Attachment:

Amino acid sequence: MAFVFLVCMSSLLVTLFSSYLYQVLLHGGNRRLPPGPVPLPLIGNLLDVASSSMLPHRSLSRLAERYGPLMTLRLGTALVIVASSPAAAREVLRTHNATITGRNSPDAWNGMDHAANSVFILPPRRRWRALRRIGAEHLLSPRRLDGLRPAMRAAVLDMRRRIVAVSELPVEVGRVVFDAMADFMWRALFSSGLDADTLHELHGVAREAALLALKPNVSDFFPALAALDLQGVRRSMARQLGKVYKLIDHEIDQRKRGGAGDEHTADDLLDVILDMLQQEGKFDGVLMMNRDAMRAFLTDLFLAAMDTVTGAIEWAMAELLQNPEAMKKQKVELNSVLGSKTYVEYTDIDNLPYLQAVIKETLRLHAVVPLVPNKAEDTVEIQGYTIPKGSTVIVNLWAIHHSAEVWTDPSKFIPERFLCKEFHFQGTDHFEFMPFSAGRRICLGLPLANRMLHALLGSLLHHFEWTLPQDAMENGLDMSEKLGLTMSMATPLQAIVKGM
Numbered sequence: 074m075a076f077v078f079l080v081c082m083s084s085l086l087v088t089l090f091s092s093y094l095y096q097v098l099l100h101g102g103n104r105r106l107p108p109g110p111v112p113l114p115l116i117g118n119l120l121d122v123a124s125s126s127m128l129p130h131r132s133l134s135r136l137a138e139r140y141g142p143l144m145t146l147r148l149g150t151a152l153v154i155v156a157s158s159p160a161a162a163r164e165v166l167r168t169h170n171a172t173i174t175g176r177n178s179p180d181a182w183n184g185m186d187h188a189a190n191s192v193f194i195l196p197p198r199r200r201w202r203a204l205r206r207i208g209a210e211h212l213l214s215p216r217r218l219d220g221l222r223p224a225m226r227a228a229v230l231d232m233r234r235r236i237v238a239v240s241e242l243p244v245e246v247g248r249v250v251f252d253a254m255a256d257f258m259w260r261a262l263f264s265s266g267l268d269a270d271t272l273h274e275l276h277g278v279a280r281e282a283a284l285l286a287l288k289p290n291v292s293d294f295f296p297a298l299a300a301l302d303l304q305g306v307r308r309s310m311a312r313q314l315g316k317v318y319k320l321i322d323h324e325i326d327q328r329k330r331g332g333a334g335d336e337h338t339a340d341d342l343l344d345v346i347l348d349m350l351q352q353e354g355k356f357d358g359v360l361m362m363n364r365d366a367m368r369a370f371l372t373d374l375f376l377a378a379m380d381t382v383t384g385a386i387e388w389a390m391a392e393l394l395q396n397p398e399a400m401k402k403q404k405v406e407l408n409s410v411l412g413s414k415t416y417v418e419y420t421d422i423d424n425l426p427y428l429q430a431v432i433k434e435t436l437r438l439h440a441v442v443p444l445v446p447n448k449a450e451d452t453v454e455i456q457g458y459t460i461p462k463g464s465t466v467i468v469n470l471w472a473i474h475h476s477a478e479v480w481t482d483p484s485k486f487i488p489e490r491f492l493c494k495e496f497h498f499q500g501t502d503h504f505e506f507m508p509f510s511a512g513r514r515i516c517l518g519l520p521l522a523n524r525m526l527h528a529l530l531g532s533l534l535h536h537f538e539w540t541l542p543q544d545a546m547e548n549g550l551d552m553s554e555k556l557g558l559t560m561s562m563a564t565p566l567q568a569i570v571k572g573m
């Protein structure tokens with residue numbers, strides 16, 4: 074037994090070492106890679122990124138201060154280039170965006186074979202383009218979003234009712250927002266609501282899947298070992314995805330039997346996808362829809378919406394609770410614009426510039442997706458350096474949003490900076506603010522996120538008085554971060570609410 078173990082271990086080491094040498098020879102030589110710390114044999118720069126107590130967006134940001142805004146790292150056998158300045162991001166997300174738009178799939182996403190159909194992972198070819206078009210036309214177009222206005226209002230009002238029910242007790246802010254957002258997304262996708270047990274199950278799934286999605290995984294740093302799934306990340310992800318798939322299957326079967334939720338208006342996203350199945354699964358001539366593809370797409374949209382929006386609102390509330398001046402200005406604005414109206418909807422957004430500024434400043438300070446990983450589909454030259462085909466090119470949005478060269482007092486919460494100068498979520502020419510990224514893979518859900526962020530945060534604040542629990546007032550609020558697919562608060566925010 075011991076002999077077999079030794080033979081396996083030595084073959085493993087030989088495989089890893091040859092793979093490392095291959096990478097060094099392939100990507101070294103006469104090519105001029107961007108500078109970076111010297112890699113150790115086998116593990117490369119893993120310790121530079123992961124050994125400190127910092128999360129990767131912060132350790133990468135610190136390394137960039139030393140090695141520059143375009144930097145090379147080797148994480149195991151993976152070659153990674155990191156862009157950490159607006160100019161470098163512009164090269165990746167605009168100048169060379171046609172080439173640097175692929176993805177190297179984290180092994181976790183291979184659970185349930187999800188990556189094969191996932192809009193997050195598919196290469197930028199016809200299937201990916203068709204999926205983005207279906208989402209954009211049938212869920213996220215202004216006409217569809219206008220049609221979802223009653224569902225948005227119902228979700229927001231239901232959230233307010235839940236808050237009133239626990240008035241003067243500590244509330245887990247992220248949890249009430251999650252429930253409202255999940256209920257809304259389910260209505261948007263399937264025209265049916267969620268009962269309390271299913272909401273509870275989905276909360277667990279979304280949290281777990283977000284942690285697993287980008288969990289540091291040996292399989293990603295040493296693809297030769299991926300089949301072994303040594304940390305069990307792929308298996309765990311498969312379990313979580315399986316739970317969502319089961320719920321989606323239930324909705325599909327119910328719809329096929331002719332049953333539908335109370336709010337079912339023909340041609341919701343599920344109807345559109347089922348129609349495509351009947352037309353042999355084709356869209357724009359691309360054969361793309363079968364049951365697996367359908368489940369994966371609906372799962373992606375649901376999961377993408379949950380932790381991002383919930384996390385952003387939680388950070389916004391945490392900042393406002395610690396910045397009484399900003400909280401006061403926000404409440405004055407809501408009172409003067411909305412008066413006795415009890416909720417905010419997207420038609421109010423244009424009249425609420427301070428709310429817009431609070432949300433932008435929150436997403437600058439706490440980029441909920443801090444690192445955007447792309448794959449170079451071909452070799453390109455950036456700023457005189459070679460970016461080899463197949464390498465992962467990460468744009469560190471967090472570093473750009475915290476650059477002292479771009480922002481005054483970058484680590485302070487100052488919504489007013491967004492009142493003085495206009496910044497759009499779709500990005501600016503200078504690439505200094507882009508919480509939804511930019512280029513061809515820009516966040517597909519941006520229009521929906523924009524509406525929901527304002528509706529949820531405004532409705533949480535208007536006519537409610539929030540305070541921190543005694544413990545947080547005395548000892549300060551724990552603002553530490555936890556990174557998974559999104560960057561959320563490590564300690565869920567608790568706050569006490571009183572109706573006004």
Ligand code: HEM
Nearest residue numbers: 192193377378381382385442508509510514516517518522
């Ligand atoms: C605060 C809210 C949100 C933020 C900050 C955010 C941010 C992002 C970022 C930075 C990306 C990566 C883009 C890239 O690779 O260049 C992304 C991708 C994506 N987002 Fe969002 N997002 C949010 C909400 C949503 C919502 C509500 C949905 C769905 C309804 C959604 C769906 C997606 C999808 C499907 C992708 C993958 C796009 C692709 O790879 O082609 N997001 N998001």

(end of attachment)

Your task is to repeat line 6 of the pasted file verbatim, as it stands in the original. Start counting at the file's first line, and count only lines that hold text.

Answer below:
């Ligand atoms: C605060 C809210 C949100 C933020 C900050 C955010 C941010 C992002 C970022 C930075 C990306 C990566 C883009 C890239 O690779 O260049 C992304 C991708 C994506 N987002 Fe969002 N997002 C949010 C909400 C949503 C919502 C509500 C949905 C769905 C309804 C959604 C769906 C997606 C999808 C499907 C992708 C993958 C796009 C692709 O790879 O082609 N997001 N998001």